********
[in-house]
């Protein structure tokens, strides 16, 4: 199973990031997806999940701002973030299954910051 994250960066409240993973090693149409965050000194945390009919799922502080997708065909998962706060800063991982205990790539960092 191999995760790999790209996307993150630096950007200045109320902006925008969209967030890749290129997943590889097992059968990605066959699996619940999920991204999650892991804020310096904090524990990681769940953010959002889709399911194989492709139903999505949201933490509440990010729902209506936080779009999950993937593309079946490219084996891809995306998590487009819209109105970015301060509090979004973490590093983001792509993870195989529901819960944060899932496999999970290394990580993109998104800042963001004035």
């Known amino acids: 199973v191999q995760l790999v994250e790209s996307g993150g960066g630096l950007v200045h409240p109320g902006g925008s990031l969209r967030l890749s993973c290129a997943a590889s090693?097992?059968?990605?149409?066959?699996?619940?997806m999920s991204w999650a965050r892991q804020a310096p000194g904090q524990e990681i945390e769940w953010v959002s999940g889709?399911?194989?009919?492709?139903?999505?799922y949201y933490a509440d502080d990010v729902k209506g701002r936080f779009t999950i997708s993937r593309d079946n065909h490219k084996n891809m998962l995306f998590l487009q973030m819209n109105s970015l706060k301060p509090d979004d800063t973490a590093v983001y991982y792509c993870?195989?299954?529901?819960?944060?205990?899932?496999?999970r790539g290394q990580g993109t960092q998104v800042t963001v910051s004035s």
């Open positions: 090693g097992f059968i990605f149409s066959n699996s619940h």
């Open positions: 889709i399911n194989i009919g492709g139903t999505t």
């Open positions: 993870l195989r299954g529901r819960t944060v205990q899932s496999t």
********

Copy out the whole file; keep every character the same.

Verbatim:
[in-house]
């Protein structure tokens, strides 16, 4: 199973990031997806999940701002973030299954910051 994250960066409240993973090693149409965050000194945390009919799922502080997708065909998962706060800063991982205990790539960092 191999995760790999790209996307993150630096950007200045109320902006925008969209967030890749290129997943590889097992059968990605066959699996619940999920991204999650892991804020310096904090524990990681769940953010959002889709399911194989492709139903999505949201933490509440990010729902209506936080779009999950993937593309079946490219084996891809995306998590487009819209109105970015301060509090979004973490590093983001792509993870195989529901819960944060899932496999999970290394990580993109998104800042963001004035």
């Known amino acids: 199973v191999q995760l790999v994250e790209s996307g993150g960066g630096l950007v200045h409240p109320g902006g925008s990031l969209r967030l890749s993973c290129a997943a590889s090693?097992?059968?990605?149409?066959?699996?619940?997806m999920s991204w999650a965050r892991q804020a310096p000194g904090q524990e990681i945390e769940w953010v959002s999940g889709?399911?194989?009919?492709?139903?999505?799922y949201y933490a509440d502080d990010v729902k209506g701002r936080f779009t999950i997708s993937r593309d079946n065909h490219k084996n891809m998962l995306f998590l487009q973030m819209n109105s970015l706060k301060p509090d979004d800063t973490a590093v983001y991982y792509c993870?195989?299954?529901?819960?944060?205990?899932?496999?999970r790539g290394q990580g993109t960092q998104v800042t963001v910051s004035s």
């Open positions: 090693g097992f059968i990605f149409s066959n699996s619940h």
């Open positions: 889709i399911n194989i009919g492709g139903t999505t």
């Open positions: 993870l195989r299954g529901r819960t944060v205990q899932s496999t």